“Let this really be brief!” was the first thought that crossed my mind as I read the title of Patu and Schrupp’s book. It was listed on the syllabus for a course on Gender and Decolonization and after some heavy reading on decolonization, I was less than enthusiastic about reading this book. I had not heard of it before and let’s be honest, we have come across “Brief Histories…” on foundational concepts (nationalism, existentialism, socialism or any -ism you would like to add here) that promise brevity but turn out to be 300+ pages of dense, jargon-filled exercises in theoretical name-dropping.
In retrospect this book signaled its difference right in its cover design. Instead of monochromatic colour schemes, sober font styles, and a black-and-white picture of a dead white lady proclaiming its seriousness, we see a quirky, multi-hued, animated cover with illustrations of key feminists. At this point, I thought the cover was off-beat but was still not prepared for the content, so you can imagine my shock, relief, and utter sense of joy when I found out the whole book was ILLUSTRATED! Yes, a comic book for feminism! Fans of Marjane Satrapi’s Persopolis series will discover parallels in this book that skillfully combines graphics, narrative, humor, and history to provide a powerful account of women’s lives, struggles, and victories.
Patu and Schrupp rescue feminist scholarship from academic confines and present it to a new generation of general readership in a way that is most palatable to them. The ascendance of Instagram, Snapchat, Anime and Marvel comics have elevated the status of images in our society. Millennials consume information as well as tell their stories increasingly through digital images or emojis. Mainstream sitcoms such as Blackish have tapped into this phenomenon and use graphics intermittently to present the dark side of Black history succinctly and with humor so that all Americans can comprehend the gravity of African-American experiences.
A Short History of Feminism acknowledges these new trends and ushers feminism into contemporary focus by using graphics to treat feminist history not as a relic of the past trapped in a sea of words and theories that has no place in our present. Graphics woven masterfully with humor signal the contemporary relevance of this topic. This combination strikes the right balance between levity and gravitas and emerges as a medium with powerful immediacy. The book’s pictorial stories thus draw us into a continuum that connects our collective past, present, and future. Female characters are not busy enacting ‘history’ but occasionally look straight to the reader and address them as in the case of French philosopher, Marie de Guornay (1565-1645). These female voices are direct, contemplative and sometimes funny as they mouth our own contemporary concerns about equal pay or work-life balance. These women acknowledge us, talk to us and remind us that the struggle is not over.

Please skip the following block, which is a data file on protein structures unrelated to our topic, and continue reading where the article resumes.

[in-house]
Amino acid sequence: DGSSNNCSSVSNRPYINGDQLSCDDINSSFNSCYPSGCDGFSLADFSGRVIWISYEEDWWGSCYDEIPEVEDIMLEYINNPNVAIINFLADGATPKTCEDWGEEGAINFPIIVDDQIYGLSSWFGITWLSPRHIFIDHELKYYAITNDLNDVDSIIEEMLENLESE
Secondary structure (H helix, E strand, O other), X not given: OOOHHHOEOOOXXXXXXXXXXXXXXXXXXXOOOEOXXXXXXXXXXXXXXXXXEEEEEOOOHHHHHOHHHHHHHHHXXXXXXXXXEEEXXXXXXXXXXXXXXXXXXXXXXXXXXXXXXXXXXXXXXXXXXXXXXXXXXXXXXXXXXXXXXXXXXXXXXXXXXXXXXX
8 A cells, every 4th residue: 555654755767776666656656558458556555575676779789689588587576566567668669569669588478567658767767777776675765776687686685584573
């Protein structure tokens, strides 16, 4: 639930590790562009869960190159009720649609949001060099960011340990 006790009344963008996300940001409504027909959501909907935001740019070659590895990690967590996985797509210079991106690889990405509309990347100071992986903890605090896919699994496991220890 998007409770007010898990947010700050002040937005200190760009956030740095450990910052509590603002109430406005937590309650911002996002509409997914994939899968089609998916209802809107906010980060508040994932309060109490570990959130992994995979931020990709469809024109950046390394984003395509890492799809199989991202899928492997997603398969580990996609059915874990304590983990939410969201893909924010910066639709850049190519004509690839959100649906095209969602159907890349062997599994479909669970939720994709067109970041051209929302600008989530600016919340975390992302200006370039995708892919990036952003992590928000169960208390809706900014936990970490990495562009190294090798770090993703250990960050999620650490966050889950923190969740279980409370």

One highlight of this book is that we really do get a brief run through of feminists from ancient to modern times. This book is also a great quick reference to various female figures, little known facts about them, and the social situations that gave birth to their individual struggles. From Mary Magdalene to Sappho, Sojourner Truth to Gloria Steinem, the book surfs deftly through all the waves of feminism. The authors cover topics ranging from workplace to marriage rights, suffrage to political participation to provide a broad introduction to all the areas in which women fought hard to win rights.
Flora Tristan’s (1803-1844) story struck me as particularly fascinating because the French-Peruvian fought not only for female rights but also rallied against slavery and class exploitation. She composed an important socialist treatise called The Worker’s Union in 1843, a full five years before Marx and Engels published The Communist Manifesto where she displayed crucial links between oppression of women and the proletariat. Yet, she is a marginal figure, which Patu and Schrupp demonstrate poignantly by showing Marx shushing Engels when the latter mentions Tristan’s name. Das Patriarchy, anyone?
Another highlight is that the authors do not assume universal sisterhood when it comes to feminist concerns. Feminism and its various iterations are constantly evoked to remind us that this concept is not ubiquitous, monolithic, and bourgeois but something that is in constant flux and assumes various forms. We get the varying concerns of proletariat and upper-class women as well as Black slave-women and socialist women. The display of a plurality of voices appears to be the main agenda of the book but despite the emergence of a multitude of voices, the book is predominantly the history of white, Christian, Western European and American feminists. It is not a history of feminism but western feminism, which frankly, as a South Asian woman left me feeling marginalized. One the one hand, western women have been an instrumental force in ushering global rights for women but their stories are not the only ones worth telling. If the authors are interested in presenting a wide range of stories, women from Asia, Africa, and Latin America have their own unique struggles and victories to recount Modern feminists such as Gayatri Spivak, Maria Lugones, Denise Noble, and Madina Tlostanova provide great insights into non-white, non-western women’s movements and their works deserve an illustrated book so that women from Central Asia to the Caribbean can see themselves reflected in a truly global and plural feminist movement.
A Short History of Feminism is a compelling, funny, and thoroughly enjoyable book. It contains universal appeal that demystifies western feminism and can easily be enjoyed as leisure reading or an introductory book in a college freshman class. My only appeal, and I believe a lot of readers would agree, is that may we have second part to this collection please!